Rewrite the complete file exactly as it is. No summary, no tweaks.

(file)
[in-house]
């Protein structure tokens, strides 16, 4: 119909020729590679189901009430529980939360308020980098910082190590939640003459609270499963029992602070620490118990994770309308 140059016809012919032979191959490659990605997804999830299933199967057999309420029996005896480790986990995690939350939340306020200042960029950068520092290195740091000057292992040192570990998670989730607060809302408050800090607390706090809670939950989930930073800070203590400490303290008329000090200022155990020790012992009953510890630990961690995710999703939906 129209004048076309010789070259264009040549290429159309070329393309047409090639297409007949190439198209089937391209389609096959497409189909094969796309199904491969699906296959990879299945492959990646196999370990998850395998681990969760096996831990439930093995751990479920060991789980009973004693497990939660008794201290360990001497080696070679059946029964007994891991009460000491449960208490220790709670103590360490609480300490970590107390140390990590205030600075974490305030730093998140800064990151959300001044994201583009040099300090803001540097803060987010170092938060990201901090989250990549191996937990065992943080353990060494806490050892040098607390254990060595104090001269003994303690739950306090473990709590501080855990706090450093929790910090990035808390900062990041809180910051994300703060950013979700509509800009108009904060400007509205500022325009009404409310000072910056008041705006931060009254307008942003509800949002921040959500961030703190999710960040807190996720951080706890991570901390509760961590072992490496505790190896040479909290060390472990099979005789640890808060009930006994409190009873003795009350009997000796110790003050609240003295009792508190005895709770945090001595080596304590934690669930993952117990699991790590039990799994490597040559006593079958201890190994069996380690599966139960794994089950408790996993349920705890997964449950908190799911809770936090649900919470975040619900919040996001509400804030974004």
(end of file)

[in-house]
């Protein structure tokens, strides 16, 4: 119909020729590679189901009430529980939360308020980098910082190590939640003459609270499963029992602070620490118990994770309308 140059016809012919032979191959490659990605997804999830299933199967057999309420029996005896480790986990995690939350939340306020200042960029950068520092290195740091000057292992040192570990998670989730607060809302408050800090607390706090809670939950989930930073800070203590400490303290008329000090200022155990020790012992009953510890630990961690995710999703939906 129209004048076309010789070259264009040549290429159309070329393309047409090639297409007949190439198209089937391209389609096959497409189909094969796309199904491969699906296959990879299945492959990646196999370990998850395998681990969760096996831990439930093995751990479920060991789980009973004693497990939660008794201290360990001497080696070679059946029964007994891991009460000491449960208490220790709670103590360490609480300490970590107390140390990590205030600075974490305030730093998140800064990151959300001044994201583009040099300090803001540097803060987010170092938060990201901090989250990549191996937990065992943080353990060494806490050892040098607390254990060595104090001269003994303690739950306090473990709590501080855990706090450093929790910090990035808390900062990041809180910051994300703060950013979700509509800009108009904060400007509205500022325009009404409310000072910056008041705006931060009254307008942003509800949002921040959500961030703190999710960040807190996720951080706890991570901390509760961590072992490496505790190896040479909290060390472990099979005789640890808060009930006994409190009873003795009350009997000796110790003050609240003295009792508190005895709770945090001595080596304590934690669930993952117990699991790590039990799994490597040559006593079958201890190994069996380690599966139960794994089950408790996993349920705890997964449950908190799911809770936090649900919470975040619900919040996001509400804030974004």